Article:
Big Finish Lifts Gustafson Into Lead
Gustafson was 1-under for her round when she knocked a 200-yard 4-iron to three feet to set up an eagle at the par-5 16th. After a 9-iron approach to the par-4 17th left her with a short putt for birdie, Gustafson managed to cap her round with a 20-foot eagle putt at the closing par-5.
'It was really nice. That's probably my best ever finish to a tournament,' said Gustafson, who carded the day's best round of 6- under 66 in windy conditions for a three-day total of 11-under-par 205. 'The putts were just short ones on 16 and 17, but it was nice to finish so strong on 18.'
The 27-year-old Gustafson was three shots back at the start of the day and made it to 8-under par with three birdies before the turn. Although she stumbled a bit with bogeys at the 11th and 15th, Gustafson quickly leaped to the top of the leaderboard with her sensational finish.
When Gustafson is paired with Webb on Sunday, it will mark the second time this season that the two have gone head-to-head in a final round. Gustafson got the better of the Aussie back in January, posting a three-shot victory over the top-ranked Webb at the LPGA's Memorial of Naples event.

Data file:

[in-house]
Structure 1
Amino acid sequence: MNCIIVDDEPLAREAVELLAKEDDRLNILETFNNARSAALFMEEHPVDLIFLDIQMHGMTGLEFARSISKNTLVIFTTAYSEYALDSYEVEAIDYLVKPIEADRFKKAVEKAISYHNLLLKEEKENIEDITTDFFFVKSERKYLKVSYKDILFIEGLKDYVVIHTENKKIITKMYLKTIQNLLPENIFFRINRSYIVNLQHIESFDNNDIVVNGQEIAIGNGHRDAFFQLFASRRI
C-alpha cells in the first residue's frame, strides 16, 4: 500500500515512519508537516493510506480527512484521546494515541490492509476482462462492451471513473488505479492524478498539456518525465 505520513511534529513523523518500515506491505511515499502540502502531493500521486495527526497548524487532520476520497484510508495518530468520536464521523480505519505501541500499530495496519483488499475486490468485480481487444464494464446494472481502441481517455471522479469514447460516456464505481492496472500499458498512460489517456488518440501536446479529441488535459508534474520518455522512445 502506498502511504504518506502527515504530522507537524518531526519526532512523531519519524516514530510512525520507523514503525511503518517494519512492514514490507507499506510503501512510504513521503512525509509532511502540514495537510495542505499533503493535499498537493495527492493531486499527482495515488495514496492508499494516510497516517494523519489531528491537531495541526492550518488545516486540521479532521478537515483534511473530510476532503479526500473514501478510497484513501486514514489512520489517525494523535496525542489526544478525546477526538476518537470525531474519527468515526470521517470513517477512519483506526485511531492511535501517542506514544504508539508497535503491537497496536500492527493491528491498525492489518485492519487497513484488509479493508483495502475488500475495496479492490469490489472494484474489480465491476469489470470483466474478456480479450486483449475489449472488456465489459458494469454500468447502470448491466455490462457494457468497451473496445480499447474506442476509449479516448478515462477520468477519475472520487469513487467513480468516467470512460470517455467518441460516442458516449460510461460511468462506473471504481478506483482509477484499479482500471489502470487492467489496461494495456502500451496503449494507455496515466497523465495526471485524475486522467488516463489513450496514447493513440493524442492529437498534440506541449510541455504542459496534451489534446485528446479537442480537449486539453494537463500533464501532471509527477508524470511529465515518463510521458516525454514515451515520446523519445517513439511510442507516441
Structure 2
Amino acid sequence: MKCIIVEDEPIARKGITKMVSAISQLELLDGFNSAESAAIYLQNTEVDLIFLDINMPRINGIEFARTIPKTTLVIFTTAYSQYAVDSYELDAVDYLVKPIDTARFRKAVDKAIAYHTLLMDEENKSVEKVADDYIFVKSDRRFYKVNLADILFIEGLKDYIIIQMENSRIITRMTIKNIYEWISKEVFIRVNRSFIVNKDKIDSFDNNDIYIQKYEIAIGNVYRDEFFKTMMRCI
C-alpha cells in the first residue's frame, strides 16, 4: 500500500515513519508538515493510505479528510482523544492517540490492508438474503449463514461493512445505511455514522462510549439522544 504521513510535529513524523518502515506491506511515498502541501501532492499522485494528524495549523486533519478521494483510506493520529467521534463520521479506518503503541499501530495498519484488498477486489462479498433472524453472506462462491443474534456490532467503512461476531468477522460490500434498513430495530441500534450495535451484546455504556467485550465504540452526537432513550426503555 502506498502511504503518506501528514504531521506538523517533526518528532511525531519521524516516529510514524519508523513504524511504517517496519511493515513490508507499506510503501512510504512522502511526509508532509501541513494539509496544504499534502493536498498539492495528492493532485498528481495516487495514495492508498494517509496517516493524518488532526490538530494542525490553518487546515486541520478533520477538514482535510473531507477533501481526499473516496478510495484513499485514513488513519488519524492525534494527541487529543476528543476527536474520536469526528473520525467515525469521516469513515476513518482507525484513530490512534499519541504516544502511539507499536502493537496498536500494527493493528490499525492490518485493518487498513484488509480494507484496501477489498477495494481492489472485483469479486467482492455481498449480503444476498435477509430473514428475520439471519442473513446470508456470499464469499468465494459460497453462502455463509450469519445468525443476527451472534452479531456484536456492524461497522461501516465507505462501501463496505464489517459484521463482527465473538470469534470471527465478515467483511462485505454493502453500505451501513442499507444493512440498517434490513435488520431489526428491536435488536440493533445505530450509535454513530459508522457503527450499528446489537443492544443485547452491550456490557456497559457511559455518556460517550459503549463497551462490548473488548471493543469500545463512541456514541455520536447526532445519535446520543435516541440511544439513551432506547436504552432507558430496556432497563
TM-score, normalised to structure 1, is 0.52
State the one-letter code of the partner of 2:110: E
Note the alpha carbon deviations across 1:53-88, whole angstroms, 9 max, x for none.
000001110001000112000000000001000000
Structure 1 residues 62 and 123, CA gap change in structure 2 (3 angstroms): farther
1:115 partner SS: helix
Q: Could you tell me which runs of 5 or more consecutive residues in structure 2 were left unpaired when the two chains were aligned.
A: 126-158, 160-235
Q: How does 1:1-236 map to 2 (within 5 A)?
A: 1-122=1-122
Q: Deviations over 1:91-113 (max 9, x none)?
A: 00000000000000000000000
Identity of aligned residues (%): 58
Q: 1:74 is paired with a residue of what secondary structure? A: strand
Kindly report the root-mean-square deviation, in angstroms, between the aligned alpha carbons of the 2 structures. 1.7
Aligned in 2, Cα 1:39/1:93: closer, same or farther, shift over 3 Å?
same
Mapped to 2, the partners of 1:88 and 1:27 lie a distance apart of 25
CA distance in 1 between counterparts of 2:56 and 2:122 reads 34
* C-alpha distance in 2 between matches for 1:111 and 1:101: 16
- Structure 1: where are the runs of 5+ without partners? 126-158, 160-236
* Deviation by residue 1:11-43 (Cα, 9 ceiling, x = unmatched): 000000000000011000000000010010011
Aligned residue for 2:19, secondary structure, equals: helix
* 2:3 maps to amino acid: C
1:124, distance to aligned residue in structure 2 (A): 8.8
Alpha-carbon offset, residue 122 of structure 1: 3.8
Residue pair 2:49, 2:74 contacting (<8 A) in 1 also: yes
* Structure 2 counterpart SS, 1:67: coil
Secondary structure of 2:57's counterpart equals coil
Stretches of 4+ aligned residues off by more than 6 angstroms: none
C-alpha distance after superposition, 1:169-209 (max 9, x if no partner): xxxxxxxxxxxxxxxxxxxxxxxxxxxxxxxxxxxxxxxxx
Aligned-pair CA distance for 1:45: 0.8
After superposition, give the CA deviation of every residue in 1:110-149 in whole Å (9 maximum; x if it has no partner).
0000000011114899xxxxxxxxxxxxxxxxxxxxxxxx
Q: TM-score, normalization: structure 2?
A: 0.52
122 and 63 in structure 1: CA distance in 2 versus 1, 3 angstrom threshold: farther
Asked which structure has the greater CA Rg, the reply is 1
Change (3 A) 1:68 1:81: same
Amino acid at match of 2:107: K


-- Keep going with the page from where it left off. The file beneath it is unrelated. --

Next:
'It's nice to have a four-shot lead over [Webb],' Gustafson said. 'That means she's going to have to play very good to beat me tomorrow.'
Gustafson, who broke through on the LPGA Tour last year with a triumph at the Chick-fil-A Charity Championship, was the No. 1 player on the 2000 Evian Ladies European Tour with wins in the Italian and Irish Opens. She went on to capture the Women's British Open, an event that is co-sanctioned by the European and LPGA tours.